How to Choose the Right TV for Your Kids

If you've ever walked into the room when your kids are watching TV to find something completely iffy on the screen, you know how hard it is to find shows that both appeal to your kids and still are age-appropriate. Adding to the challenge is the fact that kids now can access "television" content from so many devices and so many sources; it's next to impossible to stay on top of all the shows kids want to watch.

Finding specific networks you feel are generally trustworthy -- from PBS Kids to the Disney Channel to Cartoon Network -- is where most parents tend to start. But with new shows coming out virtually every week and content varying from mild to mean even within trusted networks, finding shows that meet your criteria can be really tough.

There truly is a better way. It starts with understanding what content isn't only age-appropriate but also developmentally appropriate for your child. After that, you can determine what's OK based on the things that matter to you, like your kid's interests and individual temperament. What's scary to one 7-year-old may be fun and action-packed for another.

Here are some things to consider when it comes to choosing the right TV shows for your kids:

  • What age is the show aimed at? For preschoolers, the TV landscape is pretty cut-and-dried, and producers tend to be very careful about the type of programming they offer for the under-5 set. But some animated shows might look like they're appropriate for preschoolers, even though they're really designed for an older crowd (SpongeBob SquarePants, for example). And as kids get older, they often hear about shows from their friends -- but the fact that kids of the same age are watching them doesn't mean they're age-appropriate. You'll need to make a judgment call based on what you think is right for your kid, taking into account many of the factors described in more detail below.
  • Quality. Yes, quality can be subjective -- and certainly your kids will like stuff you don't -- but look for benchmarks. Are the characters well-rounded, or does the show rely on one-dimensional stereotypes? Is the dialogue believable? Does the show engage kids on a meaningful level? Does it use music, special effects, and strong production values to amplify the meaning, or does it simply go for cheap laughs? There's a big difference between a formulaic fighting show like Power Rangers and a complex, thoughtful story with some action like Avatar: The Last Airbender.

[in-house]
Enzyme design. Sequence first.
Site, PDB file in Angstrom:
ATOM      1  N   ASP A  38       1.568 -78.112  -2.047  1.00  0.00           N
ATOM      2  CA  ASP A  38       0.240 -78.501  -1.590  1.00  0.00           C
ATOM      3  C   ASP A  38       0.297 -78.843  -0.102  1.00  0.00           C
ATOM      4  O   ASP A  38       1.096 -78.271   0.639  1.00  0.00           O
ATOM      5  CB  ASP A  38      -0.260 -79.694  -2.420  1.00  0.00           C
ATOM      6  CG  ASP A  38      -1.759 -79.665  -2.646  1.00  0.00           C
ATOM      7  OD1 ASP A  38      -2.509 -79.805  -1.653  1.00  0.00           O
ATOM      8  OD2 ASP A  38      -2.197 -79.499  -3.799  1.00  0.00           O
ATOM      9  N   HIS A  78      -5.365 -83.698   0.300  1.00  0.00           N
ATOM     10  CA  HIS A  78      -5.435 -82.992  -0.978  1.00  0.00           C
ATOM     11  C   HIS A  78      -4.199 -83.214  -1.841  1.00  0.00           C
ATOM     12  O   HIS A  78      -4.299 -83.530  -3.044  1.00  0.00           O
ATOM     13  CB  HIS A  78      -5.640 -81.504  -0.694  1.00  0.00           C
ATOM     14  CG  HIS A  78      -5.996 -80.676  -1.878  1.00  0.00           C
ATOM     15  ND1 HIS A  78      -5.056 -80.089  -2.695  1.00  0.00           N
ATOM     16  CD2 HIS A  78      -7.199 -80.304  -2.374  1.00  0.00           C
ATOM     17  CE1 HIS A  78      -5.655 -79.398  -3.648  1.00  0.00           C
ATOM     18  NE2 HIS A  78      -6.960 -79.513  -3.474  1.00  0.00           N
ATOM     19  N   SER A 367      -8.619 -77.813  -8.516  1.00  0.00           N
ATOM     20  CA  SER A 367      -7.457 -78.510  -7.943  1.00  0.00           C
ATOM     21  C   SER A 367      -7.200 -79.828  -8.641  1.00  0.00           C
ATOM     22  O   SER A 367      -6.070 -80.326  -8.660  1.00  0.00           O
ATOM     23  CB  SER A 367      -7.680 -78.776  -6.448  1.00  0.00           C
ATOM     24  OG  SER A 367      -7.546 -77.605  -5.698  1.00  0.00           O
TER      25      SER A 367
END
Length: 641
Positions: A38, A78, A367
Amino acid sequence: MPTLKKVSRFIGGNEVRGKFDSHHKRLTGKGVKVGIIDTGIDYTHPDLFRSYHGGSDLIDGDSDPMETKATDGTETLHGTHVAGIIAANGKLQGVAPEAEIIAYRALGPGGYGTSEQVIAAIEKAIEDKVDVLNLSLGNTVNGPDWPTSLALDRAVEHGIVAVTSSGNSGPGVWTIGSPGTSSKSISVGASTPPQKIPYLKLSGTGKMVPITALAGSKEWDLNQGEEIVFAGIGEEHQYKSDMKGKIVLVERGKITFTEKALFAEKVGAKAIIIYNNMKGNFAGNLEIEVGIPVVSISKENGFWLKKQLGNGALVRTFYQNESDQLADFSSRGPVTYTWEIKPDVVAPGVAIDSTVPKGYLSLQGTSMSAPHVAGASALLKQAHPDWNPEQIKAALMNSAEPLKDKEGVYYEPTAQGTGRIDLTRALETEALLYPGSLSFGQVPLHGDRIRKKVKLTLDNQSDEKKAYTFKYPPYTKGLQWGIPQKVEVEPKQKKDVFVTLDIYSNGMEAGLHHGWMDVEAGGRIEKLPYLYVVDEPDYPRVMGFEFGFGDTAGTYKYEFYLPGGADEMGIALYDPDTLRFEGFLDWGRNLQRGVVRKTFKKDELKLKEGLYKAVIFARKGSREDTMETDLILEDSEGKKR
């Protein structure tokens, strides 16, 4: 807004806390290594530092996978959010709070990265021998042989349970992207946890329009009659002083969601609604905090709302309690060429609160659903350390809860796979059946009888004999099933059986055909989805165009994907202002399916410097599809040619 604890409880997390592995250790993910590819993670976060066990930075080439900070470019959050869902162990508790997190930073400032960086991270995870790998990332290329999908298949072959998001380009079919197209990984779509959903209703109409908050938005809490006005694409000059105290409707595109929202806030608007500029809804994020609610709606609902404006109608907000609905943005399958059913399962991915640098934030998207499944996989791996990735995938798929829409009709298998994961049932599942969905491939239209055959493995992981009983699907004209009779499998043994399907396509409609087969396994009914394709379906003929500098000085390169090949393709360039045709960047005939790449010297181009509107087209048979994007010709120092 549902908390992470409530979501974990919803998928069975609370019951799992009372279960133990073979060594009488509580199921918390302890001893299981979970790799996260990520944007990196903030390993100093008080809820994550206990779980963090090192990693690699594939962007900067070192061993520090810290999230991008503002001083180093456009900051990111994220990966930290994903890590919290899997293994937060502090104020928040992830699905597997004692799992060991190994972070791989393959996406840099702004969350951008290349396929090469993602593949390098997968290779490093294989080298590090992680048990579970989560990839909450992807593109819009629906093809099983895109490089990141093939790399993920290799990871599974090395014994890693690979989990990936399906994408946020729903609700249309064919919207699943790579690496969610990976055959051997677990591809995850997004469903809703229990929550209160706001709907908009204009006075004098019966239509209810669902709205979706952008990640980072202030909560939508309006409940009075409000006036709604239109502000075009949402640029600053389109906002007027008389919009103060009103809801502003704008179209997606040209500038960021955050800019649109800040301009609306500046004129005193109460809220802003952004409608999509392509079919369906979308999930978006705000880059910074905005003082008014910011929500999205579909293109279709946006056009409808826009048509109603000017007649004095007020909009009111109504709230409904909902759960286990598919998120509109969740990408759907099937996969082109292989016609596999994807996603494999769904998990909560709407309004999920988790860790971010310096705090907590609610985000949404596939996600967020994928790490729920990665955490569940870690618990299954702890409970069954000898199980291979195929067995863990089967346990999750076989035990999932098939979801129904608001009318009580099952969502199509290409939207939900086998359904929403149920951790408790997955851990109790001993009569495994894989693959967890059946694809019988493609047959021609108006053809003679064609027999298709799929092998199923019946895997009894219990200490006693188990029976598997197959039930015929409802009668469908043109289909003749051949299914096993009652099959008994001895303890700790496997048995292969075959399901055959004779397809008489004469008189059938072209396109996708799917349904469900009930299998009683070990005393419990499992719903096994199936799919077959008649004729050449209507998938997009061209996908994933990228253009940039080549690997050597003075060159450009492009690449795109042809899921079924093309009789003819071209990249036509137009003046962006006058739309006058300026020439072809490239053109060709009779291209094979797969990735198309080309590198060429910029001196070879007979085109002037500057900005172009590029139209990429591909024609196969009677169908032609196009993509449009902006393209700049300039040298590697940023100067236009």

• Educational value. This is especially important when you're looking for shows for younger kids. It's perfectly fine to choose TV shows solely for their entertainment value, but if kids can learn something, too, then why not give it a shot? Almost all preschool-targeted shows have some sort of built-in educational content, from counting (Peg + Cat) to literacy (WordWorld) and social skills (Caillou). For tweens and teens, plenty of positive social messages can be found in quality shows, but for more specific educational content, look to PBS (Design Squad Nation) and science- and nature-based shows on other networks, like Cosmos: A Spacetime Odyssey or MythBusters.
  • Messages and role models. Media messages really do affect kids, so it makes sense to choose shows that reflect the kinds of values you'd like your children to absorb. Younger kids are more literal and do better with direct messages, like the ones in Doc McStuffins. But for older kids, shows with slightly ambiguous messages -- like Star Trek: Next Generation -- provide an opportunity for you to discuss your own views and values. Also consider the characters. Are they people you'd like real kids to emulate? Are adults present and responsible? Are the characters realistic and relatable -- like those on Black-ish -- or shallow and stereotypical, like those on Jersey Shore? Are there consequences for their behavior?